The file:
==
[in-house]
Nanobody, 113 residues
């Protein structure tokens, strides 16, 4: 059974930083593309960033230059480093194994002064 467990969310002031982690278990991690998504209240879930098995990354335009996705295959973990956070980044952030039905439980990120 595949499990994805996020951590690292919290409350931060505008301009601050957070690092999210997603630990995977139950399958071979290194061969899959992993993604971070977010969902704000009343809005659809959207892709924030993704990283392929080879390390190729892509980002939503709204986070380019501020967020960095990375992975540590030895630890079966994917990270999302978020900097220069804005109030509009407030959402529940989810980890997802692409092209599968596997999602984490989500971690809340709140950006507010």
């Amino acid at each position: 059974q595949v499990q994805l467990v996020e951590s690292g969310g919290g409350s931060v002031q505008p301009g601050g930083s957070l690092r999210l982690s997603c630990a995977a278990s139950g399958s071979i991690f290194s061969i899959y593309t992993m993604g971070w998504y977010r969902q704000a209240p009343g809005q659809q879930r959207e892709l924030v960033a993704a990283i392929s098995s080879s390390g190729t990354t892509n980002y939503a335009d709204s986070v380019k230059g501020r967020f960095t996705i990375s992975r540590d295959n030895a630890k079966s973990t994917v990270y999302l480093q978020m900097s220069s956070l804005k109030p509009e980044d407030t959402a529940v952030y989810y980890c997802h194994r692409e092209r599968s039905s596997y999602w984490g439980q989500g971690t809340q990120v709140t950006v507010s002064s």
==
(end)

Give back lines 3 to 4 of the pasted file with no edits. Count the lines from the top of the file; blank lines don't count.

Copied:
């Protein structure tokens, strides 16, 4: 059974930083593309960033230059480093194994002064 467990969310002031982690278990991690998504209240879930098995990354335009996705295959973990956070980044952030039905439980990120 595949499990994805996020951590690292919290409350931060505008301009601050957070690092999210997603630990995977139950399958071979290194061969899959992993993604971070977010969902704000009343809005659809959207892709924030993704990283392929080879390390190729892509980002939503709204986070380019501020967020960095990375992975540590030895630890079966994917990270999302978020900097220069804005109030509009407030959402529940989810980890997802692409092209599968596997999602984490989500971690809340709140950006507010």
């Amino acid at each position: 059974q595949v499990q994805l467990v996020e951590s690292g969310g919290g409350s931060v002031q505008p301009g601050g930083s957070l690092r999210l982690s997603c630990a995977a278990s139950g399958s071979i991690f290194s061969i899959y593309t992993m993604g971070w998504y977010r969902q704000a209240p009343g809005q659809q879930r959207e892709l924030v960033a993704a990283i392929s098995s080879s390390g190729t990354t892509n980002y939503a335009d709204s986070v380019k230059g501020r967020f960095t996705i990375s992975r540590d295959n030895a630890k079966s973990t994917v990270y999302l480093q978020m900097s220069s956070l804005k109030p509009e980044d407030t959402a529940v952030y989810y980890c997802h194994r692409e092209r599968s039905s596997y999602w984490g439980q989500g971690t809340q990120v709140t950006v507010s002064s």